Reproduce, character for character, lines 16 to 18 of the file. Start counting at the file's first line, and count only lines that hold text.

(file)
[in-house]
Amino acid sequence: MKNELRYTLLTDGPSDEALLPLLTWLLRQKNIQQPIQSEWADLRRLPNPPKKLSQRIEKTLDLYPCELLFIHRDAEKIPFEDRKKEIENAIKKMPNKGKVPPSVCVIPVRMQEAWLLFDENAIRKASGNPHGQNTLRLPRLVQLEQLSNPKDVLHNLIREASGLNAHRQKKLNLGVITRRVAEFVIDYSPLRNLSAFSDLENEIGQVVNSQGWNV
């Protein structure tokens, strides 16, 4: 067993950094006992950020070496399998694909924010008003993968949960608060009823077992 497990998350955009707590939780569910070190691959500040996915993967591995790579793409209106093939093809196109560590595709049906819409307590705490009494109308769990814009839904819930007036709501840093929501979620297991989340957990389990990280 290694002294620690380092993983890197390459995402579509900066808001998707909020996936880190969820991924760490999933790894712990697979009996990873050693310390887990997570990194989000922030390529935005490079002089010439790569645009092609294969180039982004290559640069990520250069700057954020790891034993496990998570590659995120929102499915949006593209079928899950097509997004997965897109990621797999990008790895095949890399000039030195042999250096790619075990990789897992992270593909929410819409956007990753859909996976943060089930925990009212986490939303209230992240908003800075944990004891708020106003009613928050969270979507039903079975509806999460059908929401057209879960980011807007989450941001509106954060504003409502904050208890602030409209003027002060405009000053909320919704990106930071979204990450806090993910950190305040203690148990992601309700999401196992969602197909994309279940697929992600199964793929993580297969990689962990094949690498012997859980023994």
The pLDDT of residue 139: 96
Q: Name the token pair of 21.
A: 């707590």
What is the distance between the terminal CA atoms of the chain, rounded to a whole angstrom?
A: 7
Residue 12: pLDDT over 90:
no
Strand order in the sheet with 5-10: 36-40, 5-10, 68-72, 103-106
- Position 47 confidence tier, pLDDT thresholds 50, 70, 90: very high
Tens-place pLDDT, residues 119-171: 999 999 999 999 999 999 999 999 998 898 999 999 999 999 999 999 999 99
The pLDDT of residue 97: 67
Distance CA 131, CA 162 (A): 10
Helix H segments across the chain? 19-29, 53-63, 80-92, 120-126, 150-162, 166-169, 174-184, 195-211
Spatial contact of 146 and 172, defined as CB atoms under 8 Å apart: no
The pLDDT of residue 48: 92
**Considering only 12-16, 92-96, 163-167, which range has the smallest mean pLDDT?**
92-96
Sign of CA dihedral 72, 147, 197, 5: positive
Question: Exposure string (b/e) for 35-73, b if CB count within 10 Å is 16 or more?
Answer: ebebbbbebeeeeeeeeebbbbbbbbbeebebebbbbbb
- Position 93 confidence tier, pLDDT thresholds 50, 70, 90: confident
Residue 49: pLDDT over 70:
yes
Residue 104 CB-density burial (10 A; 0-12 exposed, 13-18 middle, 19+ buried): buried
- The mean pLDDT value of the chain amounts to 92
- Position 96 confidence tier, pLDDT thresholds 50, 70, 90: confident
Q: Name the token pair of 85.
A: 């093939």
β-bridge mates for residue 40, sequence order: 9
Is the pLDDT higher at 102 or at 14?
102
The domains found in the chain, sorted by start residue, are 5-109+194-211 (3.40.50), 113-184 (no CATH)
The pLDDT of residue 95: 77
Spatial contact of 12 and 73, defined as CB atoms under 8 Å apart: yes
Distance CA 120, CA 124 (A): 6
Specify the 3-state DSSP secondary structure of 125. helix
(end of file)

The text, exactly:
Helix H segments across the chain? 19-29, 53-63, 80-92, 120-126, 150-162, 166-169, 174-184, 195-211
Spatial contact of 146 and 172, defined as CB atoms under 8 Å apart: no
The pLDDT of residue 48: 92